People with psychopathic tendencies—who may constitute upwards of 15 percent of prison populations—poorly activate parts of the brain responsible for empathy, according to a study in the April 24 JAMA Psychiatry online. While control subjects cringe when they see a person in pain, as when getting a hand slammed in a car door, prisoners who scored high on a test for psychopathy demonstrated little empathy. Functional magnetic resonance imaging of the brain indicated that those individuals also had subpar function in the orbital frontal circuit, which helps process emotions. Notably, some of the same brain areas are compromised in frontotemporal dementia (FTD). People with FTD may flout social norms and land in hot water. However, study senior author Kent Kiehl of the University of New Mexico in Albuquerque said he has seen no evidence that people with FTD are more likely to end up in the prison system as those with psychopathy are prone to do.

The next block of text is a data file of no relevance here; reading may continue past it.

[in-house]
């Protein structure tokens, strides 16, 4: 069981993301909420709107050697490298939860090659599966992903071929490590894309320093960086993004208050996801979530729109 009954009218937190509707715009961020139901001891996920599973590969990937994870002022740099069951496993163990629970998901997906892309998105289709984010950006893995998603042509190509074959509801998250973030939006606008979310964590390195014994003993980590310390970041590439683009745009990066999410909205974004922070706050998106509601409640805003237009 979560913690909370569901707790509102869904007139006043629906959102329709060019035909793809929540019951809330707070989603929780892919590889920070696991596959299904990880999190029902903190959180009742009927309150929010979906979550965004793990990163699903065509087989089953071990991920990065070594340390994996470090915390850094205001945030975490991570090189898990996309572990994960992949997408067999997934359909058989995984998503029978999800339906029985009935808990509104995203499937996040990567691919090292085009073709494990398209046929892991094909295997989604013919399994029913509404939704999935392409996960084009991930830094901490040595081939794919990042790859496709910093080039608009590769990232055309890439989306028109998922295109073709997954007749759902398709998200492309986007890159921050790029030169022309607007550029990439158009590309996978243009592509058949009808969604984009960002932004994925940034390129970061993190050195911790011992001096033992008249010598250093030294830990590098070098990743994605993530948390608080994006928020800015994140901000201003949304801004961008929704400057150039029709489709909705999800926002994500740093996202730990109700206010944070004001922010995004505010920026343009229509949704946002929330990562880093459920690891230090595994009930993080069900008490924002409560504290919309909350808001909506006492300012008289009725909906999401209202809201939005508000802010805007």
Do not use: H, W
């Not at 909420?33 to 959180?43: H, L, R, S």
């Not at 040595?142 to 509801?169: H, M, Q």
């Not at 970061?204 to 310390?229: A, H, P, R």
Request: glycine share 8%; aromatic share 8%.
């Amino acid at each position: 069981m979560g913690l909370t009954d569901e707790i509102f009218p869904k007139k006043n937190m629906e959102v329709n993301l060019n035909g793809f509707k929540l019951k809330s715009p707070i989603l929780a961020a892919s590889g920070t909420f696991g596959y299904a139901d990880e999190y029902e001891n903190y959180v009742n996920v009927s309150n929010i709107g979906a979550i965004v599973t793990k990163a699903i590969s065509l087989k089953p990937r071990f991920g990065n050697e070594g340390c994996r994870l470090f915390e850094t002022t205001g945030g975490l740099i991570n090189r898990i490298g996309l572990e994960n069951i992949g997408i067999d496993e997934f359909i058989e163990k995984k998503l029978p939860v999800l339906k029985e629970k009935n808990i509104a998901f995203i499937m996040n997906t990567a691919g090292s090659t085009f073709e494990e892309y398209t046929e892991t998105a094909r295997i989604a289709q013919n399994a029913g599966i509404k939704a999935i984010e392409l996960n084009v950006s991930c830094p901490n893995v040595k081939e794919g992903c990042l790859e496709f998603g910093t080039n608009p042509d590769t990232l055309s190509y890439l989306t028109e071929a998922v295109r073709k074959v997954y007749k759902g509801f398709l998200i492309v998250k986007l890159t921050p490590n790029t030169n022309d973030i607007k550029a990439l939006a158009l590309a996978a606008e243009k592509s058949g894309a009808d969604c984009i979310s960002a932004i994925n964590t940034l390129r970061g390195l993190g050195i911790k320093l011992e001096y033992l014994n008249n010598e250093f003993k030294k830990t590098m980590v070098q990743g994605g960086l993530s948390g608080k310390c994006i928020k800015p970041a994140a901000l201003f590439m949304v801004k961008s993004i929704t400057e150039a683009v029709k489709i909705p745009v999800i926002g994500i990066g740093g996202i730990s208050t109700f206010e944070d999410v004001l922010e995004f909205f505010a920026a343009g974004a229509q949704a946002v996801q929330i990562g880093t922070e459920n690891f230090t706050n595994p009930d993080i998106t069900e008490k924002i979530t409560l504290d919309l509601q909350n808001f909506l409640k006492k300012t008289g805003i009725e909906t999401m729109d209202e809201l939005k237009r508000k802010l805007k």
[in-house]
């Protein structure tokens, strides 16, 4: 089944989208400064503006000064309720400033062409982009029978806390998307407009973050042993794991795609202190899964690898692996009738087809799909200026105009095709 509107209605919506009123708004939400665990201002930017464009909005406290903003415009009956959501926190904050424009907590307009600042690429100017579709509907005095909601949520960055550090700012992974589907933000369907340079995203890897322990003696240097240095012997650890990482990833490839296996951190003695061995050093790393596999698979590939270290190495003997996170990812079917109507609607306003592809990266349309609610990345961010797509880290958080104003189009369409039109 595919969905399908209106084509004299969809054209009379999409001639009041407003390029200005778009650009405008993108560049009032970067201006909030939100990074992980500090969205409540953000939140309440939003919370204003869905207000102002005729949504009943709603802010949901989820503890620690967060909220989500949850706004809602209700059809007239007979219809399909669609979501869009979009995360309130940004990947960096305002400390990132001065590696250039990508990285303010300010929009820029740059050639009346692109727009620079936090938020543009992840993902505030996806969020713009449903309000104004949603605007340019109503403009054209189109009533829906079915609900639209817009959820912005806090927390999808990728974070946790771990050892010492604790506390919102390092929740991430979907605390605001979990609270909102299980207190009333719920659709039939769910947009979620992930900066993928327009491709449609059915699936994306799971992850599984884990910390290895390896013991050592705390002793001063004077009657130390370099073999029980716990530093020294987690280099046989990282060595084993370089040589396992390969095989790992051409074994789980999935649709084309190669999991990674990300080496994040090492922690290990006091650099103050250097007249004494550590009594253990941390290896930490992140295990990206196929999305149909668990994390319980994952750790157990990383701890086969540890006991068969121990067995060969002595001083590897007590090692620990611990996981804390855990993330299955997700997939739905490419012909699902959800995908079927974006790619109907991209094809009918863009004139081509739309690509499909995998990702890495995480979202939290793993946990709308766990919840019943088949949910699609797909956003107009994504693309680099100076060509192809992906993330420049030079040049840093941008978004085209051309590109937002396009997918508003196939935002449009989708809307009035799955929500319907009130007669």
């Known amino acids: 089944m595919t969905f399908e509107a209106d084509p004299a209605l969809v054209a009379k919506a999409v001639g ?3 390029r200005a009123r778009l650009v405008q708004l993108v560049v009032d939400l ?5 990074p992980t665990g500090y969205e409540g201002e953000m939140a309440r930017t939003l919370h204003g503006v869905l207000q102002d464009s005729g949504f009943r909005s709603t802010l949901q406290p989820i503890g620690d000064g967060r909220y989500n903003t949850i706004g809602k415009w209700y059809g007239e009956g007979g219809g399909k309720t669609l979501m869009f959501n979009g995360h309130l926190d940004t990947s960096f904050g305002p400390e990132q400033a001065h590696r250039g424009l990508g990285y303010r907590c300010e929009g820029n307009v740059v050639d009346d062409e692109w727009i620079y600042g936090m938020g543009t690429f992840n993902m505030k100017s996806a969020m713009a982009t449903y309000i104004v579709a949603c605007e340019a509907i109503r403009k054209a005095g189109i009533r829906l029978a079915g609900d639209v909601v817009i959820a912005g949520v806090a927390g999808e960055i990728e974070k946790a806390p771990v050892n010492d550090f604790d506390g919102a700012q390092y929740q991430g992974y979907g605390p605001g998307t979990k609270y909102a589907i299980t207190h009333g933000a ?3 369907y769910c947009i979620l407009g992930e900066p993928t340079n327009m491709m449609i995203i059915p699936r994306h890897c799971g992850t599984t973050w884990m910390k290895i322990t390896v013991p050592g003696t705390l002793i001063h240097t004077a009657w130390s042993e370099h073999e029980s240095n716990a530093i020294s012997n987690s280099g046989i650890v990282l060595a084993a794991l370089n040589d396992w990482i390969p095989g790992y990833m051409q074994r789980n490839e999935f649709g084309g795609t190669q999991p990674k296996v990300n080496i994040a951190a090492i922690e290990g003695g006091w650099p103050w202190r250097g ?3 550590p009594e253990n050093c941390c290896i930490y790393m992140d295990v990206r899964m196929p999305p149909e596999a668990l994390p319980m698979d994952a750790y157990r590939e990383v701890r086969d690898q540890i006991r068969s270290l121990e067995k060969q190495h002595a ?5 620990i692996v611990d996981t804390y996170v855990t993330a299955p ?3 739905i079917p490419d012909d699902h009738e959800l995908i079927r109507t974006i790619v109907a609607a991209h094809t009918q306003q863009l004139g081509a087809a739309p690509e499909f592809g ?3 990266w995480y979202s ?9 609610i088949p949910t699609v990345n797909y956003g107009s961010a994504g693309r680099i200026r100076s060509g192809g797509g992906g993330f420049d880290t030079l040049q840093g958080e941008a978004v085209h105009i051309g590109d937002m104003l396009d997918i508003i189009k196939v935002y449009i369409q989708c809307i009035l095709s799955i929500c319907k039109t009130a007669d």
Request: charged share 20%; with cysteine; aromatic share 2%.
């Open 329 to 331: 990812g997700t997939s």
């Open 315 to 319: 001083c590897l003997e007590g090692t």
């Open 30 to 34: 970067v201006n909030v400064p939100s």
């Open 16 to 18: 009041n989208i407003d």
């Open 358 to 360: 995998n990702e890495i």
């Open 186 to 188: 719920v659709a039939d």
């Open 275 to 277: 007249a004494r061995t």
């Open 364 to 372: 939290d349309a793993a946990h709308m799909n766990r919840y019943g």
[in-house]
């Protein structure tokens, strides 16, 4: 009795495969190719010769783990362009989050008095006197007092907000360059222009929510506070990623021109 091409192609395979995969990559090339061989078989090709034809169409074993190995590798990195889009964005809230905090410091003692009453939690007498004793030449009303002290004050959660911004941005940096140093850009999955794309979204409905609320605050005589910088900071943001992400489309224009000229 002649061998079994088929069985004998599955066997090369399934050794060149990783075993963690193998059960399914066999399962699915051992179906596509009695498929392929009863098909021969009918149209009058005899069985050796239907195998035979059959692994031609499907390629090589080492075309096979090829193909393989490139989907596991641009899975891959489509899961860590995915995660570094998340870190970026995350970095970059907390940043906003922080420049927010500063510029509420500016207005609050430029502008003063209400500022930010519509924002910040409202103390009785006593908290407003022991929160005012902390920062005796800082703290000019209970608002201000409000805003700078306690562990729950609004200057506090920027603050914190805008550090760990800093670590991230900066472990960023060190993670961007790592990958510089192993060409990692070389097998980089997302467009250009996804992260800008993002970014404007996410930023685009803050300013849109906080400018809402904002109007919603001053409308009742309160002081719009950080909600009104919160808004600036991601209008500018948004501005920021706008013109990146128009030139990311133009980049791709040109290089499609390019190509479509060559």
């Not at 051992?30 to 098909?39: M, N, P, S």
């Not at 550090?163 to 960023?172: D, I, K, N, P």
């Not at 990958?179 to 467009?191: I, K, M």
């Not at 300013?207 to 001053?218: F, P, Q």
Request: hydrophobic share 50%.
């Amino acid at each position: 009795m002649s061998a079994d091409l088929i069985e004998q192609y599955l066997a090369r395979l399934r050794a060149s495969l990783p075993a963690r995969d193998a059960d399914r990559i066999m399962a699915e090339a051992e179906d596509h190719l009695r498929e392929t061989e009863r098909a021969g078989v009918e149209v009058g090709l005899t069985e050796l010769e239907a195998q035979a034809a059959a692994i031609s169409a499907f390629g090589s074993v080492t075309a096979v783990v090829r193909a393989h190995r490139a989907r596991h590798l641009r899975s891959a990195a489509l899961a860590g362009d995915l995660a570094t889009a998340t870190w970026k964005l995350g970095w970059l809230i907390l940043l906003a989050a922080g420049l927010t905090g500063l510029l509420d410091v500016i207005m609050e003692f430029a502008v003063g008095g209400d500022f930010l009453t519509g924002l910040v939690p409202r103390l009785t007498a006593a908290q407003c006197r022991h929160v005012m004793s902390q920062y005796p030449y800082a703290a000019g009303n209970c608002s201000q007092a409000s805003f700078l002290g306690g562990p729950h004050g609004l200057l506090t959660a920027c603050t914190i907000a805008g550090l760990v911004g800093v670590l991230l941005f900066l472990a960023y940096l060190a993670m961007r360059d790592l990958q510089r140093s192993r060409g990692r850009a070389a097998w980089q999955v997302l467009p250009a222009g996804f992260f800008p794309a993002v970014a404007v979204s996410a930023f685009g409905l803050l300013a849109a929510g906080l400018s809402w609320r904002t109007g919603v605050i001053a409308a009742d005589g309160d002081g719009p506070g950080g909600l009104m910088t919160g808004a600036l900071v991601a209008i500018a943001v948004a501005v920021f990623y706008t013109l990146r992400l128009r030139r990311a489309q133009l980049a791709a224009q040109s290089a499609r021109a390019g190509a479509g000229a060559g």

Psychopathy, which is present in less than 1 percent of the general population, classically manifests as lack of empathy, among other symptoms. To identify defects in the empathy-processing circuitry of psychopaths, Kiehl, who travels with a mobile MRI scanner to study psychopathy on prison grounds, collaborated with first author Jean Decety of the University of Chicago, Illinois. The researchers applied a standard rating scale to classify 80 volunteer prisoners as having a high, medium, or low level of psychopathy. Then they used functional MRI to measure blood flow in the brain while the participants looked at video clips and pictures. Some imagery depicted painful experiences, or faces with expressions of discomfort. Others were neutral. For example, a neutral stimulus of a person hitting a ball with a bat might contrast with a pain image of a person hitting another person with a bat, Kiehl said.